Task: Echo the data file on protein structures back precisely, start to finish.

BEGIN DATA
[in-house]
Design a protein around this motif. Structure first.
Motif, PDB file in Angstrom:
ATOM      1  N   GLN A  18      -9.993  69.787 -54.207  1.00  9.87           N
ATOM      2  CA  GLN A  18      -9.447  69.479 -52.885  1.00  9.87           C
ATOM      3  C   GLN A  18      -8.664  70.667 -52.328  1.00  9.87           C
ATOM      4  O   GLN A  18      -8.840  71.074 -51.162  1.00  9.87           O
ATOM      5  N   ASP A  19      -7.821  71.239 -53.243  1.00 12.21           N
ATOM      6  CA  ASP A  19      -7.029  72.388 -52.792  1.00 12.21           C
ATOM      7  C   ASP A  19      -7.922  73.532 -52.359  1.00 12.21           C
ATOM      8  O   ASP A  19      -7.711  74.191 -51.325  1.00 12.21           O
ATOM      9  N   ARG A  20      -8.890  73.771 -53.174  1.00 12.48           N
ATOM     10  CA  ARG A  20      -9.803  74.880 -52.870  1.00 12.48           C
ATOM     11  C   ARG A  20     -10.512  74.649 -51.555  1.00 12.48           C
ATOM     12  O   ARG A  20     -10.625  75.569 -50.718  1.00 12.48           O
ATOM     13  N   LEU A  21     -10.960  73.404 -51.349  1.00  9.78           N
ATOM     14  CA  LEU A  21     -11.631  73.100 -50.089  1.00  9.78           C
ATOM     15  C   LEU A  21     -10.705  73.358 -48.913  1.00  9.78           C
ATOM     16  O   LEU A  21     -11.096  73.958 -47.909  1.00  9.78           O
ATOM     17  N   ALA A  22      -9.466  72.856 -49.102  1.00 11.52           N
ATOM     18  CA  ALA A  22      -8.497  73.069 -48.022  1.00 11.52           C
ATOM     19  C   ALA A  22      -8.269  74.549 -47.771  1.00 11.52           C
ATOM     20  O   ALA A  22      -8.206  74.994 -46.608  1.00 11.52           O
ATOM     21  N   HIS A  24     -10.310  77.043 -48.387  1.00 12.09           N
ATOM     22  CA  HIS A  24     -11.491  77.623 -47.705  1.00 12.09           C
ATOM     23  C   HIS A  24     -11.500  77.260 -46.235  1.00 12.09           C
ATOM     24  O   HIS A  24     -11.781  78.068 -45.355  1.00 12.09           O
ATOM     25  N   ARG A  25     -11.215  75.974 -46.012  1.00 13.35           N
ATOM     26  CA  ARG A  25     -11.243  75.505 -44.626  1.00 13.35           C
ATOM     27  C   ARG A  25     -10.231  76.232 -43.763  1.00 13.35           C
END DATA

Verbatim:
[in-house]
Design a protein around this motif. Structure first.
Motif, PDB file in Angstrom:
ATOM      1  N   GLN A  18      -9.993  69.787 -54.207  1.00  9.87           N
ATOM      2  CA  GLN A  18      -9.447  69.479 -52.885  1.00  9.87           C
ATOM      3  C   GLN A  18      -8.664  70.667 -52.328  1.00  9.87           C
ATOM      4  O   GLN A  18      -8.840  71.074 -51.162  1.00  9.87           O
ATOM      5  N   ASP A  19      -7.821  71.239 -53.243  1.00 12.21           N
ATOM      6  CA  ASP A  19      -7.029  72.388 -52.792  1.00 12.21           C
ATOM      7  C   ASP A  19      -7.922  73.532 -52.359  1.00 12.21           C
ATOM      8  O   ASP A  19      -7.711  74.191 -51.325  1.00 12.21           O
ATOM      9  N   ARG A  20      -8.890  73.771 -53.174  1.00 12.48           N
ATOM     10  CA  ARG A  20      -9.803  74.880 -52.870  1.00 12.48           C
ATOM     11  C   ARG A  20     -10.512  74.649 -51.555  1.00 12.48           C
ATOM     12  O   ARG A  20     -10.625  75.569 -50.718  1.00 12.48           O
ATOM     13  N   LEU A  21     -10.960  73.404 -51.349  1.00  9.78           N
ATOM     14  CA  LEU A  21     -11.631  73.100 -50.089  1.00  9.78           C
ATOM     15  C   LEU A  21     -10.705  73.358 -48.913  1.00  9.78           C
ATOM     16  O   LEU A  21     -11.096  73.958 -47.909  1.00  9.78           O
ATOM     17  N   ALA A  22      -9.466  72.856 -49.102  1.00 11.52           N
ATOM     18  CA  ALA A  22      -8.497  73.069 -48.022  1.00 11.52           C
ATOM     19  C   ALA A  22      -8.269  74.549 -47.771  1.00 11.52           C
ATOM     20  O   ALA A  22      -8.206  74.994 -46.608  1.00 11.52           O
ATOM     21  N   HIS A  24     -10.310  77.043 -48.387  1.00 12.09           N
ATOM     22  CA  HIS A  24     -11.491  77.623 -47.705  1.00 12.09           C
ATOM     23  C   HIS A  24     -11.500  77.260 -46.235  1.00 12.09           C
ATOM     24  O   HIS A  24     -11.781  78.068 -45.355  1.00 12.09           O
ATOM     25  N   ARG A  25     -11.215  75.974 -46.012  1.00 13.35           N
ATOM     26  CA  ARG A  25     -11.243  75.505 -44.626  1.00 13.35           C
ATOM     27  C   ARG A  25     -10.231  76.232 -43.763  1.00 13.35           C